Molecular and cellular mechanisms underlying reversal of type 2 diabetes following bariatric surgery: Study using proteomic and genes chip analysis

Project Summary:

Background: Obesity and type-2 diabetes (T2D) are two components of a worldwide pandemic including Saudi Arabia. Lifestyle modifications (diet/exercise) together with medications are pivotal to manage obesity and diabete. Besides, weight-loss bariatric surgery has induced T2D reversal with improved morbidity and mortality; however, the underlying mechanisms of glycemic control and T2D reversal remain unclear. Therefore, we propose to study the cellular and molecular mechanisms through which bariatric surgery restores metabolic homeostasis, insulin sensitivity and beta-cells function including signaling networks of glucose/lipid metabolism.

Methodology: For this purpose, forty adult morbidly-obese female volunteers with T2D (≥18 years; BMI ≥35Kg/m2) and scheduled for bariatric surgery will be enrolled. Blood samples will be collected at 5 time-points: preoperative/baseline, just before surgery and at 2-, 6- and 12-months postoperatively. Subcutaneous abdominal fat will be collected at surgery and 12-months postopeartively. Genomic and proteomic profiling using Affymetrix human genome GeneChip® U133-Plus2.0 array and high-resolution two-dimensional differential in-gel electrophoresis (2D-DIGE), respectively will be used to characterize the differential gene/protein expression profiles in plasma, leucocytes and adipocytes pre-and post-surgery and between the patients with or without T2D reversal. A biologically meaningful change, up-/down-regulated genes/proteins, will be considered statistically significant at ≥2-fold difference in genes/proteins expression. The results will be confirmed by RT-PCR/Western blot for one up-regulated and one down-regulated sequence or proteins spots.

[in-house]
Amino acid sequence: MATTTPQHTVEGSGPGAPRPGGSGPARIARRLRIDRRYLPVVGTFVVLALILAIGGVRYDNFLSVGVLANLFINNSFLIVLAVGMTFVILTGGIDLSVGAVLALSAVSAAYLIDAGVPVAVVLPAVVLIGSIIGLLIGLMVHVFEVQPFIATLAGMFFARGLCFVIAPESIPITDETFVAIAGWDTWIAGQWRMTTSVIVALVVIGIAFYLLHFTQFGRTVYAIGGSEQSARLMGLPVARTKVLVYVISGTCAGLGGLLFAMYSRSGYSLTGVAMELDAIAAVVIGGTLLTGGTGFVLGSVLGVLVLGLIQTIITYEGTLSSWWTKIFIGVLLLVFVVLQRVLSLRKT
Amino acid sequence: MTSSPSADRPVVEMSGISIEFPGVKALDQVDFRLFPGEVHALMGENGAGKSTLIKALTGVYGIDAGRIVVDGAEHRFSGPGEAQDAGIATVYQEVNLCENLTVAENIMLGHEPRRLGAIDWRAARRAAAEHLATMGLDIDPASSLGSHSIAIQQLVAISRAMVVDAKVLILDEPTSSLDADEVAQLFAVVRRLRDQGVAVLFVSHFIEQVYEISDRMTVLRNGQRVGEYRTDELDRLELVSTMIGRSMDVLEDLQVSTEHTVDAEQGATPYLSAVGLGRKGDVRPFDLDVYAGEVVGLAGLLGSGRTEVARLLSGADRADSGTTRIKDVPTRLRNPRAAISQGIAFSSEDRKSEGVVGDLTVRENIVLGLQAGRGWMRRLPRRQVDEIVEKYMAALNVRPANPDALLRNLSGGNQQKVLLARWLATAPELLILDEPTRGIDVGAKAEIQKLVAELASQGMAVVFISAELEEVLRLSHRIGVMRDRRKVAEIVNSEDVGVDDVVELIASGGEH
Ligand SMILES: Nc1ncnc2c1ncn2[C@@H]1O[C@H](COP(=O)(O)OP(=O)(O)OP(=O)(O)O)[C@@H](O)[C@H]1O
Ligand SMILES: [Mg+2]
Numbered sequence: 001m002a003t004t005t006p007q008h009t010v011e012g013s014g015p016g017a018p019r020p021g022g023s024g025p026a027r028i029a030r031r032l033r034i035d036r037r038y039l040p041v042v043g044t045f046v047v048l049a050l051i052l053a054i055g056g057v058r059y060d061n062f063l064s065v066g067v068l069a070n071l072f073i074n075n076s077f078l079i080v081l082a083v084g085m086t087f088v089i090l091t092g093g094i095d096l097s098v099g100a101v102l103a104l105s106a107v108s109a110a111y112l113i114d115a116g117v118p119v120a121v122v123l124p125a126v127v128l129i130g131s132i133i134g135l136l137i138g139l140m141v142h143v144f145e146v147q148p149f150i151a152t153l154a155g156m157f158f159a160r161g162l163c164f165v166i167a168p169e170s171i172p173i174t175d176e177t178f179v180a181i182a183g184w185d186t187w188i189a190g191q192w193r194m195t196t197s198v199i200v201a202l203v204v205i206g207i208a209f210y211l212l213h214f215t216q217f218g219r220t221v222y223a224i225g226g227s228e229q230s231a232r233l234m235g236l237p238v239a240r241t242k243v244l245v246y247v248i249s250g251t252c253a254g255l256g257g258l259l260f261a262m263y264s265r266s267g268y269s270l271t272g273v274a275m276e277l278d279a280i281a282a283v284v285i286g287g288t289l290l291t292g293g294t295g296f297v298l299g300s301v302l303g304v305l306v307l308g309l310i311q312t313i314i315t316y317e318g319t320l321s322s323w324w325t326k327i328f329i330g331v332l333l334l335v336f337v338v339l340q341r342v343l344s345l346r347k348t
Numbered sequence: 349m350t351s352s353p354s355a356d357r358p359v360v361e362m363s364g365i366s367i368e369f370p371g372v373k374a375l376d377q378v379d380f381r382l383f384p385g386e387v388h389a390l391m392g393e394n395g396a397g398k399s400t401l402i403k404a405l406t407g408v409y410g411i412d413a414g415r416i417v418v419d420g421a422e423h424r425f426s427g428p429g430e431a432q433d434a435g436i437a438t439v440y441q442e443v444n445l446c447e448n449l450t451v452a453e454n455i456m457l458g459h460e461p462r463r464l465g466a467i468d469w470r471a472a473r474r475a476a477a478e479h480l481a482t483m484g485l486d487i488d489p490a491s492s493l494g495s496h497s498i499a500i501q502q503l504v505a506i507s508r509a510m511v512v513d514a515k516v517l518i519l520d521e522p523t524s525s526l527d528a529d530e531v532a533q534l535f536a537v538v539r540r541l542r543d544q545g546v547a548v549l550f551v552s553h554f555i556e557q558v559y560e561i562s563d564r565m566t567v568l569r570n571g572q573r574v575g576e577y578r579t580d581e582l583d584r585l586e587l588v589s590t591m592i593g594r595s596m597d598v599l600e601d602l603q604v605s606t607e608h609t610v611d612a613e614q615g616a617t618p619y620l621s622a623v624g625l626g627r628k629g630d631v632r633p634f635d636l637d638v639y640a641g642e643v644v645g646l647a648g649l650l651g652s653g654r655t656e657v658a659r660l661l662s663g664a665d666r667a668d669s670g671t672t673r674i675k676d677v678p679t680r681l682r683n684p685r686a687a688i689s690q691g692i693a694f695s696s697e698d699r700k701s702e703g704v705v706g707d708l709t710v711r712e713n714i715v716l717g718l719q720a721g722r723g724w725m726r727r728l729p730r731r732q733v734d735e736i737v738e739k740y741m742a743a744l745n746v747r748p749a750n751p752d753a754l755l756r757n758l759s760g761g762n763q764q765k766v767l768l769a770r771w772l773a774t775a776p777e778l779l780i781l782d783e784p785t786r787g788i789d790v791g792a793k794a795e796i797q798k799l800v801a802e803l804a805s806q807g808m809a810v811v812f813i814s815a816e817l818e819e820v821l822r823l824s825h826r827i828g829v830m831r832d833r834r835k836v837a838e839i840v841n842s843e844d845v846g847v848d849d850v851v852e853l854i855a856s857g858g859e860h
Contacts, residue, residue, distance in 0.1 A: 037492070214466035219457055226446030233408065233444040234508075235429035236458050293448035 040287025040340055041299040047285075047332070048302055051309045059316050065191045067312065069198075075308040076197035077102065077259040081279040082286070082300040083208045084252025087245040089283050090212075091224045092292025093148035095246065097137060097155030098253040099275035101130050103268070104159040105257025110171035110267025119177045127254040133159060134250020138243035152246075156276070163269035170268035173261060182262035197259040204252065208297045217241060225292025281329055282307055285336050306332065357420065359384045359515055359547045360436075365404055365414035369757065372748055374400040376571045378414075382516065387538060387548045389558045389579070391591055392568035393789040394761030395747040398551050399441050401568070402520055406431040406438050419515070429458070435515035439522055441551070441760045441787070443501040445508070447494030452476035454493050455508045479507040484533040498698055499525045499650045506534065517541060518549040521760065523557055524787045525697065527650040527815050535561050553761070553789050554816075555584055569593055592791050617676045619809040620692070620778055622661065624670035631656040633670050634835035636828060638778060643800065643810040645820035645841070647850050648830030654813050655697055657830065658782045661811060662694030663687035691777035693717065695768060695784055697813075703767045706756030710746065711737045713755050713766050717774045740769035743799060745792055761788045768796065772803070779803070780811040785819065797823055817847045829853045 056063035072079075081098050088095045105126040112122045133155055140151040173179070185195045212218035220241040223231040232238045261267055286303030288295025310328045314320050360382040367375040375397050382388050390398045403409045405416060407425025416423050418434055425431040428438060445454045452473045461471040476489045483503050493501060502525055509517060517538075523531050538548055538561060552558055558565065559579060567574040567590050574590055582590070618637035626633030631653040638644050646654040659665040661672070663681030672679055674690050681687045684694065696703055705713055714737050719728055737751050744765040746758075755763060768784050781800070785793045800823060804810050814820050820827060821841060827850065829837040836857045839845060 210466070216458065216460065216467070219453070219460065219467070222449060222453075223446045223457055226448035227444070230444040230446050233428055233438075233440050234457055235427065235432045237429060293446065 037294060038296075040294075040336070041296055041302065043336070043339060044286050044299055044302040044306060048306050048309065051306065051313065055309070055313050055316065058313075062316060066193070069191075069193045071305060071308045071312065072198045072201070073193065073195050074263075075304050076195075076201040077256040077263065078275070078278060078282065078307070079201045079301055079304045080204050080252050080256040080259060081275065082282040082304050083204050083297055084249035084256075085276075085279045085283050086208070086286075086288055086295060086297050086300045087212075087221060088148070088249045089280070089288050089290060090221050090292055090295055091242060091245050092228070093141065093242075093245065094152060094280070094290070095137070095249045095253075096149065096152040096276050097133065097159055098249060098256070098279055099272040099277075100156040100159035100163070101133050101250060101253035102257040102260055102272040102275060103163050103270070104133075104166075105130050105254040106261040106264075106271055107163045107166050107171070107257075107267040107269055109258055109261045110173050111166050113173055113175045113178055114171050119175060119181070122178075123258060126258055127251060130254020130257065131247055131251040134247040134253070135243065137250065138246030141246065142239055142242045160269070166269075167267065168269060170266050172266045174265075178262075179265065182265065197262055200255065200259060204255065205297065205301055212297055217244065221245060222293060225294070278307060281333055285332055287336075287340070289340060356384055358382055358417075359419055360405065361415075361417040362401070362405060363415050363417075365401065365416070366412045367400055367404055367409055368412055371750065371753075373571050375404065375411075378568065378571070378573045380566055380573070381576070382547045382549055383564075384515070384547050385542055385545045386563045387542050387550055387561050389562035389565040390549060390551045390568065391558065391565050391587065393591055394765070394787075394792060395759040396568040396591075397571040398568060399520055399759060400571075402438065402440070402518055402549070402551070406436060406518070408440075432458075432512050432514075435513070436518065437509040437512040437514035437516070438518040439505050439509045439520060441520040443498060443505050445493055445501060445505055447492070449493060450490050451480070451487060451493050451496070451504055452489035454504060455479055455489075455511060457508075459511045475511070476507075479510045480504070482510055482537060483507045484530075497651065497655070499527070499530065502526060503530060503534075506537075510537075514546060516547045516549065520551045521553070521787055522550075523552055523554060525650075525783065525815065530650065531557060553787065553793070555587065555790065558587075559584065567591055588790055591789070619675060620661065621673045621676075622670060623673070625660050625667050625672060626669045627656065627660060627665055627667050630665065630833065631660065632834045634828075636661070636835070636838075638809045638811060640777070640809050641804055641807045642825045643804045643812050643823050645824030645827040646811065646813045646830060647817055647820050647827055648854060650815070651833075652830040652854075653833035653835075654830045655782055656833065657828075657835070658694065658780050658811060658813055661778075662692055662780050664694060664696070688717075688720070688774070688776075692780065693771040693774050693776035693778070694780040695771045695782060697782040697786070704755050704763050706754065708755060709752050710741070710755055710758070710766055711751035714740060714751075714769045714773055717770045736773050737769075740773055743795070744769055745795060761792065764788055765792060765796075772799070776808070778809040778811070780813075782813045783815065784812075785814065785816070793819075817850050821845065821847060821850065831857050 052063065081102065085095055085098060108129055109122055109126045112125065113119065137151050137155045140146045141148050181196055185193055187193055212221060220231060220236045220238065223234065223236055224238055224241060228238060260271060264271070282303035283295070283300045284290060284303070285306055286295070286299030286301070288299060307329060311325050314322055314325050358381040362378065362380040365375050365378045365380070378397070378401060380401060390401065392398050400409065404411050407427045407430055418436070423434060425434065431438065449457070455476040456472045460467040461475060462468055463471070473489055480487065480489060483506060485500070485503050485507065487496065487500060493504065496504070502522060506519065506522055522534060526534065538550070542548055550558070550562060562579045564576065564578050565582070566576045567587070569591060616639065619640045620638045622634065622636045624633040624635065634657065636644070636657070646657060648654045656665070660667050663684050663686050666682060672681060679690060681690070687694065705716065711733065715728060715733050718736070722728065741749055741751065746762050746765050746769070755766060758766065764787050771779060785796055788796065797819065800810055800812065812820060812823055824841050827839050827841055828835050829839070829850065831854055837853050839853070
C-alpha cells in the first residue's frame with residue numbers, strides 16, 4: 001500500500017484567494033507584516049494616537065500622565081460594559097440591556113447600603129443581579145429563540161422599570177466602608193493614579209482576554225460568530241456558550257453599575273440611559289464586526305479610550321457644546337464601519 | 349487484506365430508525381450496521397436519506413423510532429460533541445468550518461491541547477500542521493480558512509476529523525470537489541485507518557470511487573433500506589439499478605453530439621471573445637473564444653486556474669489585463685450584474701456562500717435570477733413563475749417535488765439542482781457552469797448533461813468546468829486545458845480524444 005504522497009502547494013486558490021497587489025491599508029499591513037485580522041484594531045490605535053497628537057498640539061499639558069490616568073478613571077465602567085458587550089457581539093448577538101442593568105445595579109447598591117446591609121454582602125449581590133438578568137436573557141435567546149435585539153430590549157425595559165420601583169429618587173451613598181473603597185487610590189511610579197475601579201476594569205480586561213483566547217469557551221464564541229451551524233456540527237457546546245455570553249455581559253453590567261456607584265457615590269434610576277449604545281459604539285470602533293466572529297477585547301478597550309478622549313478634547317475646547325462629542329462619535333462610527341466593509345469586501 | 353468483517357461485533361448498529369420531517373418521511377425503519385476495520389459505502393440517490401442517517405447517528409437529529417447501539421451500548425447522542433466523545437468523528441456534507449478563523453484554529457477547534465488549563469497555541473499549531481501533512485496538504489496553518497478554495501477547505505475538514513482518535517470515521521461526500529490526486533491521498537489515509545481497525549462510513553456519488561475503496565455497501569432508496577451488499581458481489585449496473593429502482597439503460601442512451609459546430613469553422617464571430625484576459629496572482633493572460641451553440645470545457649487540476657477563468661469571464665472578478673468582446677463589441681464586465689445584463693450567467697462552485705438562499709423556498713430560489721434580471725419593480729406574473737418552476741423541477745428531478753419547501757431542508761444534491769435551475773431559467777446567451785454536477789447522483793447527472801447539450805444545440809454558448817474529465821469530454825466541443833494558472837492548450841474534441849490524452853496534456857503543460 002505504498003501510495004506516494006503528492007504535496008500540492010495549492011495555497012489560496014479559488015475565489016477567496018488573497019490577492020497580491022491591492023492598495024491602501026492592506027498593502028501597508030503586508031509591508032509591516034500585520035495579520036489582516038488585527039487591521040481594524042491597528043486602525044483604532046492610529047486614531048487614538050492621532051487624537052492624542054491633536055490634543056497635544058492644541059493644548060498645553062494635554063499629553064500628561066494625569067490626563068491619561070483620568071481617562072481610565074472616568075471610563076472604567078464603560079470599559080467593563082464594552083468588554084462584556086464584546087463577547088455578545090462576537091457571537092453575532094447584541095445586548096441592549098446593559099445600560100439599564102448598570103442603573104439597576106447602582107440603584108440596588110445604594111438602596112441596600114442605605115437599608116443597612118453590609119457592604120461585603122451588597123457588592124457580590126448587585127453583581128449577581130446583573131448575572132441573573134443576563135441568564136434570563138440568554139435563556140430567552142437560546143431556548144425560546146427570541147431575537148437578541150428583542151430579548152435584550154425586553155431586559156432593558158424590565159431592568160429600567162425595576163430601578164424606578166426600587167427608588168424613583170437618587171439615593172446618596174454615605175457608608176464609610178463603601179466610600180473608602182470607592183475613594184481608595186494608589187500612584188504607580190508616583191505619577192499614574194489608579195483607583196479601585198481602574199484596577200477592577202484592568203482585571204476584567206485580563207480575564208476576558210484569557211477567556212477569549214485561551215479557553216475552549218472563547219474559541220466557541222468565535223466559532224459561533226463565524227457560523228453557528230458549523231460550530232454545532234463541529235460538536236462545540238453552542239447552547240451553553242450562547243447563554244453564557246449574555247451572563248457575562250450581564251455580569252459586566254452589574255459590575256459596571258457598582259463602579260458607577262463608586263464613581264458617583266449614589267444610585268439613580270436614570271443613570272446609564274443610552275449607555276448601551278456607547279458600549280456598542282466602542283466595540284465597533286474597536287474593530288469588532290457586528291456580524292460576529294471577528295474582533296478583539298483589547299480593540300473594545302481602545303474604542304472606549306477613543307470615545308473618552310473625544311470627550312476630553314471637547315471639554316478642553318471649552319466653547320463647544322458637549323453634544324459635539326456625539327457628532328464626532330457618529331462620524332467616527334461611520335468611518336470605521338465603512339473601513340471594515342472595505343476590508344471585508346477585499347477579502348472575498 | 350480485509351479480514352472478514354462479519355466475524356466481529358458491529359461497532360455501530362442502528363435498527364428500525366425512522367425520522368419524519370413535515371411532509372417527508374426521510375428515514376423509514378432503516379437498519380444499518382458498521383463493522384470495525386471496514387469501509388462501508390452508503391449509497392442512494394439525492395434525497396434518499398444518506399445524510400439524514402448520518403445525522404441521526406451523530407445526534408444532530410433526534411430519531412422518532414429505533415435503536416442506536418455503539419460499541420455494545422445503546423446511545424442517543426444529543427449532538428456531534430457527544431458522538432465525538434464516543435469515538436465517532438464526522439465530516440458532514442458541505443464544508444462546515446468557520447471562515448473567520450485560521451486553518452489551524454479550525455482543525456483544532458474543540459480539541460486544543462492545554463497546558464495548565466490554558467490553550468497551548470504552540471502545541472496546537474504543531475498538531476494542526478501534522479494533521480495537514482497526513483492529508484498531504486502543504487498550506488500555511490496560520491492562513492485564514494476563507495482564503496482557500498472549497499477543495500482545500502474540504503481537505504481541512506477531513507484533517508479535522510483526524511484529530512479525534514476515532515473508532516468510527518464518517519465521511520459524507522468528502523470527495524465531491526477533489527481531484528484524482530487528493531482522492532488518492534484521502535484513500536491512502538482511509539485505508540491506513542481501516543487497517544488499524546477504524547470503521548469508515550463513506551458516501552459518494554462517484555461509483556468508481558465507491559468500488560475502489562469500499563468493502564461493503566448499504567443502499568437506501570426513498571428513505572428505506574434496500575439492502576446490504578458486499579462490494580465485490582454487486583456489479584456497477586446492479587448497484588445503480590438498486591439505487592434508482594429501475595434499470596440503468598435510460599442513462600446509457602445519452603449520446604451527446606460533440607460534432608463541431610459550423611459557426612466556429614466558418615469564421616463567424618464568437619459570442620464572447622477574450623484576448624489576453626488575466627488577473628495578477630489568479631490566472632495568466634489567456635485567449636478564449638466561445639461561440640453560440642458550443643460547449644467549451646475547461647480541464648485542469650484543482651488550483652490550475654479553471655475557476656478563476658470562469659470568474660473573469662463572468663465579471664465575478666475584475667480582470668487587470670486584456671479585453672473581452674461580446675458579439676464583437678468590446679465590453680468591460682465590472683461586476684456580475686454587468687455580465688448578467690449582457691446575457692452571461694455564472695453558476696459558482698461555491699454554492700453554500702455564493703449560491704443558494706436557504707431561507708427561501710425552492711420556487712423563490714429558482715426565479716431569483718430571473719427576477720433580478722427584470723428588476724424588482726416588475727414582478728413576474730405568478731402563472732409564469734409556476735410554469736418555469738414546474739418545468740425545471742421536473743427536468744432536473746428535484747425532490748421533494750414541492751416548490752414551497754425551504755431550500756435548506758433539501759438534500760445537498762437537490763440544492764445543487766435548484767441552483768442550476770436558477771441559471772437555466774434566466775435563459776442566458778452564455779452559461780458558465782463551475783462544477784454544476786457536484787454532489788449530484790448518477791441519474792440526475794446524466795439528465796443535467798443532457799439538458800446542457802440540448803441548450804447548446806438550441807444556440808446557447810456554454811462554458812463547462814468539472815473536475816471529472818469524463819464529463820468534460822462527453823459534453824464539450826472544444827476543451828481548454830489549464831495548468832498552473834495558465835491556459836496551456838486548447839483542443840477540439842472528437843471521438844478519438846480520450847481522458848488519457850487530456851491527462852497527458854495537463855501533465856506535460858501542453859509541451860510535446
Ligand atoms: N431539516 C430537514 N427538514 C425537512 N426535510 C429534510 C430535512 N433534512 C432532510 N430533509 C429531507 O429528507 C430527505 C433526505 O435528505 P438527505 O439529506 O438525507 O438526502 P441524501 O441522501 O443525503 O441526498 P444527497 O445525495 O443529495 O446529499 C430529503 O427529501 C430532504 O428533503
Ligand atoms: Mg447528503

Conclusions/Significance: The findings will help identify novel therapeutic targets for intervention